The stress of all of this planning, combined with my advisor's absolute perfectionism, seeming inability to let go of what I had proposed, and seeming unwillingness to accept my opinion on the feasibility of success, resulted in an hour-and-a-half video conference, which was emotionally exhausting. In all of that, we really covered three main points:
1) I felt completely out of control of my dissertation, that I was doing nothing but catering to my advisor's opinion of what it should be, and that she dismissed many of my interpretations. It was never the case that I persuaded her to any side or interpretation, it was that I eventually bombarded her with so much data that she convinced herself. I think she still felt, at the end, that this wasn't the case, but she also wound up with plenty of evidence that she left that impression on me, and (true) hints that it also applied to other graduate students as well.
2) My advisor's ongoing insistence on matching what had originally been proposed left me feeling that my entire dissertation hinged on a single experiment. I wouldn't have proposed that way if I had known that to be the case. She eventually got me to see that there were some bigger changes that only made it look like the original final experiment was critical, but I think I got her to see that she had essentially been making my new dissertation seem like it hinged on the final experiment, and that this position was untenable.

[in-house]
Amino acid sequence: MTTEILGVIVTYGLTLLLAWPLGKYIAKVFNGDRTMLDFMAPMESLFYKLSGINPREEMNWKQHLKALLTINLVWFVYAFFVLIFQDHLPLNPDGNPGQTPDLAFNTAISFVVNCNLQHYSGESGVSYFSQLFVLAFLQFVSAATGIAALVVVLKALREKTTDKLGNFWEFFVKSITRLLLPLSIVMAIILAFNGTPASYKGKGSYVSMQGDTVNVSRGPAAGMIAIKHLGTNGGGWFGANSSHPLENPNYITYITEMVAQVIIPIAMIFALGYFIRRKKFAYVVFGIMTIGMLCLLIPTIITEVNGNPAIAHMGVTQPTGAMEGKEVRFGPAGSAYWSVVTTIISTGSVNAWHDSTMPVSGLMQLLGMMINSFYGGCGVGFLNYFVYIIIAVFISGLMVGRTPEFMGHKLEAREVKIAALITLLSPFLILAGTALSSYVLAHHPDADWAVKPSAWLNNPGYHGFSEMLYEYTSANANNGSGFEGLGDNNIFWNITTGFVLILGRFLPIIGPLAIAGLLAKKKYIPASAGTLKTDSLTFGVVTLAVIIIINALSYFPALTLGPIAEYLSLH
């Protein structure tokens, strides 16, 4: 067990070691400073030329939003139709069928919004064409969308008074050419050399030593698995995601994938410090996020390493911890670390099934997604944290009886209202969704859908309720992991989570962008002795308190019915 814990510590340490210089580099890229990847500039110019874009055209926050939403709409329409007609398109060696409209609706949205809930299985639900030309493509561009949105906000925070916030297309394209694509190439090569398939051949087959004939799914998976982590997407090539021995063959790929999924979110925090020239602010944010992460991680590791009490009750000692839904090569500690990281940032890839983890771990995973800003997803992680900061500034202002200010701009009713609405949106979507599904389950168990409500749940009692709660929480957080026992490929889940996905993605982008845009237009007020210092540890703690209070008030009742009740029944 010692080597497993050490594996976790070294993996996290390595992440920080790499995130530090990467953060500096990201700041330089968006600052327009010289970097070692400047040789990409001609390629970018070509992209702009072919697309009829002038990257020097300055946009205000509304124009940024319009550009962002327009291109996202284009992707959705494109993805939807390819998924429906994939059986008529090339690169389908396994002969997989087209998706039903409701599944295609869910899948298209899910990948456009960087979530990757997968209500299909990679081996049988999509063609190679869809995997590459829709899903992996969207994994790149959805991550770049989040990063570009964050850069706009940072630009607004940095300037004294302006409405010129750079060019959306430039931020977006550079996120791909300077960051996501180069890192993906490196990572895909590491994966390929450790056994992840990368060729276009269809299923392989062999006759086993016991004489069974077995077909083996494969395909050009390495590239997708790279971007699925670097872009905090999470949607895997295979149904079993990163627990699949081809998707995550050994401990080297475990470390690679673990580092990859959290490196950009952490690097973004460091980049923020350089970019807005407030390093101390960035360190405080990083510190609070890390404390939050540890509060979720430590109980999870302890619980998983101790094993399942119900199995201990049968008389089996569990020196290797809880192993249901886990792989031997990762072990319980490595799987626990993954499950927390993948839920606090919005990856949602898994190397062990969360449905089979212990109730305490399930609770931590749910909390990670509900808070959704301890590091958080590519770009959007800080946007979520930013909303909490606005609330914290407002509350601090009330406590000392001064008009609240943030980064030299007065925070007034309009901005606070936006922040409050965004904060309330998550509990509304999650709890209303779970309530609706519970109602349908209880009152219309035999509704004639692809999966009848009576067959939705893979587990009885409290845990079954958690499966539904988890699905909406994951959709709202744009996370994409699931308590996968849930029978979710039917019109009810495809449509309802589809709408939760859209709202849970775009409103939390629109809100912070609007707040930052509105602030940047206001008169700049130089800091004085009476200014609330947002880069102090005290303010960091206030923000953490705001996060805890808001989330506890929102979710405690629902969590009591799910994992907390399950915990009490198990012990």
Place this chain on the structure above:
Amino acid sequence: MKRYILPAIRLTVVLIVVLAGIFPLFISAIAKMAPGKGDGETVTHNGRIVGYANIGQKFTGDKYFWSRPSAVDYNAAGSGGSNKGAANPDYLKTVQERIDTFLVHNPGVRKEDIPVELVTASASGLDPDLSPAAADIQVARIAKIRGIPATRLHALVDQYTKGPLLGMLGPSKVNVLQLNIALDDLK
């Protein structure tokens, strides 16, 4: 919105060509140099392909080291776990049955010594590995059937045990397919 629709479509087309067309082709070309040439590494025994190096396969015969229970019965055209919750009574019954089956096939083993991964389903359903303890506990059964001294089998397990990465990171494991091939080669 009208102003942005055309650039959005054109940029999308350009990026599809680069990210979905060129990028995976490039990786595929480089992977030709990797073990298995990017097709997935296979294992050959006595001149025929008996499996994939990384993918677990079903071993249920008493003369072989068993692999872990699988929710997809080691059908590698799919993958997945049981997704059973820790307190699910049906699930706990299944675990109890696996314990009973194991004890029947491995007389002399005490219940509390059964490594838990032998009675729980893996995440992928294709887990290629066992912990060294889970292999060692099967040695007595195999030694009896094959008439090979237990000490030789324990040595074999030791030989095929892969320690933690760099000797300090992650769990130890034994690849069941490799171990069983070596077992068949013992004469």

3) No single experiment could possibly do everything we were asking of a new fourth experiment. It was supposed to be something that added depth, but could be prefaced in the introduction without knowing the results of the other experiments, and it had to fit in with the earlier experiments without going off in a new direction. In months of trying, I had come up with exactly one idea, which turned out not to work. If there was another experiment that could do this, I wasn't going to come up with it, because I had nothing left.